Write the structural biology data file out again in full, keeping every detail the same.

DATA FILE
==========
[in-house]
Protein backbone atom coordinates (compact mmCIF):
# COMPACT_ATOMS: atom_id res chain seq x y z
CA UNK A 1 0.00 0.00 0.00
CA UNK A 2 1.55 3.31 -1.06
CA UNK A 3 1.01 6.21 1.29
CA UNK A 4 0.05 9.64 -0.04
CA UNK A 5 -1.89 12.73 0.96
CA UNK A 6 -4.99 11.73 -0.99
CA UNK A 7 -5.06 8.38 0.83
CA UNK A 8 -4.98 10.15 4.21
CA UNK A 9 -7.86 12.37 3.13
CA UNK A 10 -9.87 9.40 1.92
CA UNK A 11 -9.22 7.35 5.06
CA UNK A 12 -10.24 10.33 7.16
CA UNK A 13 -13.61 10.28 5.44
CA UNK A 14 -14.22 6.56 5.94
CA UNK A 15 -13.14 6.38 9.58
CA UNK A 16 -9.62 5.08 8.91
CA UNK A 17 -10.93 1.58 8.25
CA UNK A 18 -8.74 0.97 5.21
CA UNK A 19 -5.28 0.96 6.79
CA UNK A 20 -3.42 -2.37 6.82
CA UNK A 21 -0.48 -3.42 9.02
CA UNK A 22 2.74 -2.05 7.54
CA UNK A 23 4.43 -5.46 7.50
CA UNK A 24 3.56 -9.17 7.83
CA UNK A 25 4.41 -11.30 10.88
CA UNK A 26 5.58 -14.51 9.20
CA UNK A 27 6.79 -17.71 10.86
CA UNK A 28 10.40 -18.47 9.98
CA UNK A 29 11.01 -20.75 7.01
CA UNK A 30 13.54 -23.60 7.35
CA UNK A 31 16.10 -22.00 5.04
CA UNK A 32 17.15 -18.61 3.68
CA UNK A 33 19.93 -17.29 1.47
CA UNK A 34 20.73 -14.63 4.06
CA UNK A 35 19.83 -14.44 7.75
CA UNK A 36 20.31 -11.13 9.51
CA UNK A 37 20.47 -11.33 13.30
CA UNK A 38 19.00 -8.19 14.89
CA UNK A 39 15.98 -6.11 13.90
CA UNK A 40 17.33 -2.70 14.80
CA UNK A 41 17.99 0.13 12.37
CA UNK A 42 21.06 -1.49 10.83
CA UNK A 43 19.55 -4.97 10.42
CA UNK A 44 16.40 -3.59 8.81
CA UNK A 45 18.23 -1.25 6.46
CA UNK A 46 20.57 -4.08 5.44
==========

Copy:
[in-house]
Protein backbone atom coordinates (compact mmCIF):
# COMPACT_ATOMS: atom_id res chain seq x y z
CA UNK A 1 0.00 0.00 0.00
CA UNK A 2 1.55 3.31 -1.06
CA UNK A 3 1.01 6.21 1.29
CA UNK A 4 0.05 9.64 -0.04
CA UNK A 5 -1.89 12.73 0.96
CA UNK A 6 -4.99 11.73 -0.99
CA UNK A 7 -5.06 8.38 0.83
CA UNK A 8 -4.98 10.15 4.21
CA UNK A 9 -7.86 12.37 3.13
CA UNK A 10 -9.87 9.40 1.92
CA UNK A 11 -9.22 7.35 5.06
CA UNK A 12 -10.24 10.33 7.16
CA UNK A 13 -13.61 10.28 5.44
CA UNK A 14 -14.22 6.56 5.94
CA UNK A 15 -13.14 6.38 9.58
CA UNK A 16 -9.62 5.08 8.91
CA UNK A 17 -10.93 1.58 8.25
CA UNK A 18 -8.74 0.97 5.21
CA UNK A 19 -5.28 0.96 6.79
CA UNK A 20 -3.42 -2.37 6.82
CA UNK A 21 -0.48 -3.42 9.02
CA UNK A 22 2.74 -2.05 7.54
CA UNK A 23 4.43 -5.46 7.50
CA UNK A 24 3.56 -9.17 7.83
CA UNK A 25 4.41 -11.30 10.88
CA UNK A 26 5.58 -14.51 9.20
CA UNK A 27 6.79 -17.71 10.86
CA UNK A 28 10.40 -18.47 9.98
CA UNK A 29 11.01 -20.75 7.01
CA UNK A 30 13.54 -23.60 7.35
CA UNK A 31 16.10 -22.00 5.04
CA UNK A 32 17.15 -18.61 3.68
CA UNK A 33 19.93 -17.29 1.47
CA UNK A 34 20.73 -14.63 4.06
CA UNK A 35 19.83 -14.44 7.75
CA UNK A 36 20.31 -11.13 9.51
CA UNK A 37 20.47 -11.33 13.30
CA UNK A 38 19.00 -8.19 14.89
CA UNK A 39 15.98 -6.11 13.90
CA UNK A 40 17.33 -2.70 14.80
CA UNK A 41 17.99 0.13 12.37
CA UNK A 42 21.06 -1.49 10.83
CA UNK A 43 19.55 -4.97 10.42
CA UNK A 44 16.40 -3.59 8.81
CA UNK A 45 18.23 -1.25 6.46
CA UNK A 46 20.57 -4.08 5.44